Microsoft has cut Windows Mixed Reality commission from its affiliate program, spurring doubt regarding the virtual reality and augmented reality platform’s future. Windows Mixed Reality was introduced back in 2015 with the HoloLens, and later followed up in 2016 with support for third-party VR headsets from the likes of Samsung, Dell, and HP. But change could be on the way.
Microsoft incentivises third-party sales of its products with its affiliate program, offering higher percentage commission, or monetary rewards, on products it wants to help out the door. Dropping commission on those means that they are either A: selling themselves, or B: dead. If you go through the updated commission structure Microsoft recently sent out to affiliate partners, it’s quite obvious which of its non-commission products fall into what category.
Minecraft: resolutely in group A. The game reportedly sold up to 154 million copies and counting last October. Xbox Game Pass: group A. It, too, has found success in increasing metrics across the board with gamers. Windows Phones: B. The less said about this the better (I could say quite a lot about how much I liked my Windows Phone actually – DJ). Windows OS: A. And Windows Mixed Reality… well, that’s definitely not in group A.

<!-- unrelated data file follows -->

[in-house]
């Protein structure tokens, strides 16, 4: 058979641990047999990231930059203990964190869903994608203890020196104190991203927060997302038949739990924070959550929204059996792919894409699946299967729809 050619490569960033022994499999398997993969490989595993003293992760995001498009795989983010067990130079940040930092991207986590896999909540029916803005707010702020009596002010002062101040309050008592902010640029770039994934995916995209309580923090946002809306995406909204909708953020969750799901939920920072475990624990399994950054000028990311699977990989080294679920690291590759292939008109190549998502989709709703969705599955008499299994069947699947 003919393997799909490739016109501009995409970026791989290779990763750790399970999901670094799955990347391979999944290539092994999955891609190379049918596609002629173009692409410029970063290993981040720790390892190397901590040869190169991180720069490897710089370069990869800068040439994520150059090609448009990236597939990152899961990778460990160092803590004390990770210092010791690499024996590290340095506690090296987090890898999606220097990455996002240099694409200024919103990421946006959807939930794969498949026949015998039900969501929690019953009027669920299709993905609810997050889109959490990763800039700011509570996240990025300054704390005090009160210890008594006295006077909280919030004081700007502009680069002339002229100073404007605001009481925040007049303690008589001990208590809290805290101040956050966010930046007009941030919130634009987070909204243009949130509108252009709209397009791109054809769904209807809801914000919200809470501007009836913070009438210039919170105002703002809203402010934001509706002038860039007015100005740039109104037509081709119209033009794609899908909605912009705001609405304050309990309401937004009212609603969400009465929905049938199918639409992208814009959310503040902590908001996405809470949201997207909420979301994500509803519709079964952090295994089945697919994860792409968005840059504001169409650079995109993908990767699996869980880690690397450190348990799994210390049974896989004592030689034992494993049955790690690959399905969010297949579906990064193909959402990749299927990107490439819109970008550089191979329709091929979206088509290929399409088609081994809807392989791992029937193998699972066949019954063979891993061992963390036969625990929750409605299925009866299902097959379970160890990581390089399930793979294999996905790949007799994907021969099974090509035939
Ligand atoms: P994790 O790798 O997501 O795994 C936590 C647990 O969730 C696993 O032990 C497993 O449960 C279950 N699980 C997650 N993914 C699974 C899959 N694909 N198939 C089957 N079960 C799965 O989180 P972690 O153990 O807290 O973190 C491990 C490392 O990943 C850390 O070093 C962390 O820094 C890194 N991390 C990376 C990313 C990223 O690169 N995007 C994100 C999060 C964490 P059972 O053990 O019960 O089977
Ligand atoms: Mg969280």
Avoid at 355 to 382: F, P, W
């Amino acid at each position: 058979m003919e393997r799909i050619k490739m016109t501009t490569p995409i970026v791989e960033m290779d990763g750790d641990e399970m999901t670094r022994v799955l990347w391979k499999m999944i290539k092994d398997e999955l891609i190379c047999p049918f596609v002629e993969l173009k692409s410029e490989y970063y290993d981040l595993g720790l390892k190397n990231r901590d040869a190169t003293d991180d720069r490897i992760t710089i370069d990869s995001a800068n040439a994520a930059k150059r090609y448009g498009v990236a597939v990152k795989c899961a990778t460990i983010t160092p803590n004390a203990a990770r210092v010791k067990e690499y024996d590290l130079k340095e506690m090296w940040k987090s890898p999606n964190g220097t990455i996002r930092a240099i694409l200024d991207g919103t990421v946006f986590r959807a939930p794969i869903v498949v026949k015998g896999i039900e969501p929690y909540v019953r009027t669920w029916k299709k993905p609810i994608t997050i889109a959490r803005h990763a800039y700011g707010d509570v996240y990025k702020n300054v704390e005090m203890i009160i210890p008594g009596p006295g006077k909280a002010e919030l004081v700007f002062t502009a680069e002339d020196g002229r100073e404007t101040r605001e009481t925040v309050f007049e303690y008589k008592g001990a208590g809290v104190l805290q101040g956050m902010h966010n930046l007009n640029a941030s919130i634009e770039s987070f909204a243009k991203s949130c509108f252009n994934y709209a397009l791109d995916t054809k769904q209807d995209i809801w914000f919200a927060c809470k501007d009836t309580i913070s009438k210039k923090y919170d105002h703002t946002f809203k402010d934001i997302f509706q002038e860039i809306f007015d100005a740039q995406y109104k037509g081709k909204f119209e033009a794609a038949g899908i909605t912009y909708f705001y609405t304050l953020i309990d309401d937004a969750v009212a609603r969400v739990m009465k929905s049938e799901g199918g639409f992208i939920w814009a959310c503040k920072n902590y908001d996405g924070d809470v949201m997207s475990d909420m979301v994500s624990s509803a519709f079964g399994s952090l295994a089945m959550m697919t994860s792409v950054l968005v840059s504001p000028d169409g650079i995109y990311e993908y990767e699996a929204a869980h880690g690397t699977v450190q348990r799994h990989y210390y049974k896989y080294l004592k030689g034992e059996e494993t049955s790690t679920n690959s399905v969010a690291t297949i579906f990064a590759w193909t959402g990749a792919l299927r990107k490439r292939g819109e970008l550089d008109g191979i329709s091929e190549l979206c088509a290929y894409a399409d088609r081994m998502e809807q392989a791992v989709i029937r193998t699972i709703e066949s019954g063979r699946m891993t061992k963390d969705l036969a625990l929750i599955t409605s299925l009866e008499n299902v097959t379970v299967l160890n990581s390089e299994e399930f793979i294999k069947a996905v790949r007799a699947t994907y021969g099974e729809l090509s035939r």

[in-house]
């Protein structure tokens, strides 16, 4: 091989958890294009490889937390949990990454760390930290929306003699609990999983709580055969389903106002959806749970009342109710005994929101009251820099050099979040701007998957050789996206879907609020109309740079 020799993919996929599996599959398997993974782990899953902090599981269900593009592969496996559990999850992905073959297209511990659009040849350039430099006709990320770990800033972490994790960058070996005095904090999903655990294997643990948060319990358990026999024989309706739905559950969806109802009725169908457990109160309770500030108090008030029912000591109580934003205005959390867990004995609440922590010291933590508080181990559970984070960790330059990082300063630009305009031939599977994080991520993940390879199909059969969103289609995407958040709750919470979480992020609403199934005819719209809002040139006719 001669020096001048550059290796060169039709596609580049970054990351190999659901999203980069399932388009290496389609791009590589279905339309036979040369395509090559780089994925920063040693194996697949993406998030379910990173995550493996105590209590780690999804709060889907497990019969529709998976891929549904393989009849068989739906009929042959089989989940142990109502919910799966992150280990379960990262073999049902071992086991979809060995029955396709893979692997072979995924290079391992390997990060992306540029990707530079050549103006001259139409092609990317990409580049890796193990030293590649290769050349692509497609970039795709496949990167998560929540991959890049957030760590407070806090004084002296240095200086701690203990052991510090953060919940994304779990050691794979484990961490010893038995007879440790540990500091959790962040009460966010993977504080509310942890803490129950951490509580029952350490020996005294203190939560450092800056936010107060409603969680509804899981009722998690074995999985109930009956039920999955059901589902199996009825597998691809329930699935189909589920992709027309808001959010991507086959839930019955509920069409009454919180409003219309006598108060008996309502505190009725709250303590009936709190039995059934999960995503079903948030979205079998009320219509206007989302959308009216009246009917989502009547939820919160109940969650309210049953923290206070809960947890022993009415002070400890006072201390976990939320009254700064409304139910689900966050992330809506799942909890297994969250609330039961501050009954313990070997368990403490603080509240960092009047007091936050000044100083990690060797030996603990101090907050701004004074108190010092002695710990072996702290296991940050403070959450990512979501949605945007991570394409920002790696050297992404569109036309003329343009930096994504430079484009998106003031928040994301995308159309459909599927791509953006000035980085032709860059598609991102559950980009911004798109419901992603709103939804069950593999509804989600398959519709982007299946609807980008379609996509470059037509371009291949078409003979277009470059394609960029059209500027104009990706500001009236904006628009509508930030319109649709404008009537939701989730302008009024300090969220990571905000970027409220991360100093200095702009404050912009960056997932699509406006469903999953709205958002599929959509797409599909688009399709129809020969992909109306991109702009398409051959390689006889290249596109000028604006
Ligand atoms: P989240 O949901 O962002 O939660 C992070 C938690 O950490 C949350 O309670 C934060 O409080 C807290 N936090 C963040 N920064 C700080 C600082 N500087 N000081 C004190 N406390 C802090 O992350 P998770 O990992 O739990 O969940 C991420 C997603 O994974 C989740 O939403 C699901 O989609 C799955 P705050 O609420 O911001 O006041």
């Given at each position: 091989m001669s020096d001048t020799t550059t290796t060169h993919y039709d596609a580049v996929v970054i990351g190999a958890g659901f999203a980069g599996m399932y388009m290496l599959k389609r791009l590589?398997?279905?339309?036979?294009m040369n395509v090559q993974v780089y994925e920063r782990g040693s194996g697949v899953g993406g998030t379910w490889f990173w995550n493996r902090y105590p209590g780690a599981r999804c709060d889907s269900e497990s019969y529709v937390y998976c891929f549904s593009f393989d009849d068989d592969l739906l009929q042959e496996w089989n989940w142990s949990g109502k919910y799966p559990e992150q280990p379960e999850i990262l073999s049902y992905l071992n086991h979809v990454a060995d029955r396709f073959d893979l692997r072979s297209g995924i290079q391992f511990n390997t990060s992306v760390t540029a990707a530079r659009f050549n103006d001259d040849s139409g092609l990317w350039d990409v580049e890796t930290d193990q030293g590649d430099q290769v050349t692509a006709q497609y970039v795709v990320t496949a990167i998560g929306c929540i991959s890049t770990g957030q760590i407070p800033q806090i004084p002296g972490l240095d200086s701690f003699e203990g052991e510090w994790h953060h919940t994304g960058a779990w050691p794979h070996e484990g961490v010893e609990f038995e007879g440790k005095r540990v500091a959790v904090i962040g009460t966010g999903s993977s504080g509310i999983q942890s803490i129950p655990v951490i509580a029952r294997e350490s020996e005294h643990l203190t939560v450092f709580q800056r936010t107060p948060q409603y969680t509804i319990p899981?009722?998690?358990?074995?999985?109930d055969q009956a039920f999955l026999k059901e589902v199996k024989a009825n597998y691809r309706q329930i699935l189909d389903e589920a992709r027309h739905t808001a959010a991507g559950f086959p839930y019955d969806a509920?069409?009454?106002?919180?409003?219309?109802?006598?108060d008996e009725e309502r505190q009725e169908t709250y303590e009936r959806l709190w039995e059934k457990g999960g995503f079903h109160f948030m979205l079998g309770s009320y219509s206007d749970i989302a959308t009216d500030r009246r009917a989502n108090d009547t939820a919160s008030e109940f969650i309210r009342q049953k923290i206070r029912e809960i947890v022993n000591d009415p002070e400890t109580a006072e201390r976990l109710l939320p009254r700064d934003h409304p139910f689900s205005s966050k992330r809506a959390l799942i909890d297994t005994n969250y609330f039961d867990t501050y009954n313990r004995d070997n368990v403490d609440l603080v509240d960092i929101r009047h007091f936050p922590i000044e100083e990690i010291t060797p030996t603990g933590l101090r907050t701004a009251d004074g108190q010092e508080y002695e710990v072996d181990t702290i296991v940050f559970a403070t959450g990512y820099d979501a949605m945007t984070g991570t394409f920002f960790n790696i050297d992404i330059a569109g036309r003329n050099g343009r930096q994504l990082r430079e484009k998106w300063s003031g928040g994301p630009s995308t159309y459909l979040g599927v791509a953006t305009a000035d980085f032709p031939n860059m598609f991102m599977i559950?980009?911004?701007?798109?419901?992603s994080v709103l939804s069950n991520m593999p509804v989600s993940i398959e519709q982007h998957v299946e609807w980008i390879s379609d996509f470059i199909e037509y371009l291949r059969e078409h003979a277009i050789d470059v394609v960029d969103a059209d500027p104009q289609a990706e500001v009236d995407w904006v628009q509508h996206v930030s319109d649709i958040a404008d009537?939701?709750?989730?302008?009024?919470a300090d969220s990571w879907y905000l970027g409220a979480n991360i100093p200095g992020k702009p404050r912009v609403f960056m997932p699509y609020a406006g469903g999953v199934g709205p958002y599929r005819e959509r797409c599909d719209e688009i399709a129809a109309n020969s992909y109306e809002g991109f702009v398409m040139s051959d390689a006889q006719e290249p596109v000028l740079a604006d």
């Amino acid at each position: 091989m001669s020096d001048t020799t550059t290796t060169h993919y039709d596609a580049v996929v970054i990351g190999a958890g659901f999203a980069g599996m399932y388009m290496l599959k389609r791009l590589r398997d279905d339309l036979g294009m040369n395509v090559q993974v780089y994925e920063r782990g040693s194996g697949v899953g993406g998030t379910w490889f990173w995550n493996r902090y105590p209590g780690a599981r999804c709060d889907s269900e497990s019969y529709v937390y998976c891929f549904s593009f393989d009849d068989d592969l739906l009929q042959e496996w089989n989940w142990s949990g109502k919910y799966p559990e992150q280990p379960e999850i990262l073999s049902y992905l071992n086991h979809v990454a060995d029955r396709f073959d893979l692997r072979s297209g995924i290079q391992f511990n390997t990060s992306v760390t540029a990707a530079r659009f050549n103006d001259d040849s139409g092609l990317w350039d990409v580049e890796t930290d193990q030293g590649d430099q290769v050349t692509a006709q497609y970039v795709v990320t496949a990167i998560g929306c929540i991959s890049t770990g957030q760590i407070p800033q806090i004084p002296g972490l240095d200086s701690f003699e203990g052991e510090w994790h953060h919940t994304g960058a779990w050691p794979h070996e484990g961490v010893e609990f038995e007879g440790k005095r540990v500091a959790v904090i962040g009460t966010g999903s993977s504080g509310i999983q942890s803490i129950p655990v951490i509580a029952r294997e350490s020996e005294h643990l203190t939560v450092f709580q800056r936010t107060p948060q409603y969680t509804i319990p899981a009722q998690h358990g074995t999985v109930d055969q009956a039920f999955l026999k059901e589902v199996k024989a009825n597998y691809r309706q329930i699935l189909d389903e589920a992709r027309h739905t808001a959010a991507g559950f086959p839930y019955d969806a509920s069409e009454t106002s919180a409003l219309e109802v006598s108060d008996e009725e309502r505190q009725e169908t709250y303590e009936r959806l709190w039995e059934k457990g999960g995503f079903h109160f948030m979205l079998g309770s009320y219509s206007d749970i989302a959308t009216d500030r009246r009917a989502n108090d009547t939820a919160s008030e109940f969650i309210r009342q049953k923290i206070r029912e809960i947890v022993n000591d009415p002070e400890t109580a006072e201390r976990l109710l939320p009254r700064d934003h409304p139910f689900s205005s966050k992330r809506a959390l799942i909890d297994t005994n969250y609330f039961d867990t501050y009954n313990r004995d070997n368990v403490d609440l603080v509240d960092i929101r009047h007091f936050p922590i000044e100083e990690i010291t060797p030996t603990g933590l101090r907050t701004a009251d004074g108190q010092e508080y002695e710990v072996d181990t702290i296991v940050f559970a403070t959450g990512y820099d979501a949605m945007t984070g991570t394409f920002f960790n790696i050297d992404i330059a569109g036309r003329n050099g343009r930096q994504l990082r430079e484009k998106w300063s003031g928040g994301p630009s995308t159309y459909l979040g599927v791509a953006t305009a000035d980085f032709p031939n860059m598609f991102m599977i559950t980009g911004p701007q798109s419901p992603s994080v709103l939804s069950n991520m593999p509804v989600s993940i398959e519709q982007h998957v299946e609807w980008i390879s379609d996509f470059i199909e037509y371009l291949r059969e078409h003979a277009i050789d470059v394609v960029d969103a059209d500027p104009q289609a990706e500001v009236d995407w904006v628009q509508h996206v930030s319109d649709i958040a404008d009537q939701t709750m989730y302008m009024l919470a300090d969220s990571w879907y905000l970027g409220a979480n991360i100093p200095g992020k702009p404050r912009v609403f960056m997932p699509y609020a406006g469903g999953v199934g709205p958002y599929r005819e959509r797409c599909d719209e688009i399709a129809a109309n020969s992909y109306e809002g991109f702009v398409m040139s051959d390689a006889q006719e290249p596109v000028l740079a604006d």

While Microsoft no longer incentivising sales (via eTeknix) spells bad news for current generation Windows Mixed Reality merch, it’s not necessarily a death sentence for the platform holistically. Microsoft is currently teasing a second generation HoloLens headset, potentially signalling the beginnings of a second wave, or at least a renewed push, into AR/VR applications.
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But Xbox gamers could still be left wanting after reports from a PSVR game dev signalled that Microsoft may be shunning console VR next generation. Luckily building a VR-capable, console-sized gaming PC isn’t as costly or complex as you might think… I’ll just leave this guide to the best mini gaming PC builds here. Just so you have it.
Microsoft’s HoloLens reportedly found its niche in military applications, with the US Army reportedly buying 100,000 units for training purposes. The contract, one of many contentious military deals with tech firms as of late, reportedly earned Microsoft $480m and doubled HoloLen’s past sales figures in one fell swoop. Purportedly 50,000 headsets had been sold worldwide up until this point.
Albeit only tacit signalling on Microsoft’s part, the change to the affiliate commission is a sign of incoming change for its VR/AR efforts. With HoloLens 2 on the way, that’s none too surprising, and Microsoft will certainly want to make a bigger splash with its latest AR headset than the last.
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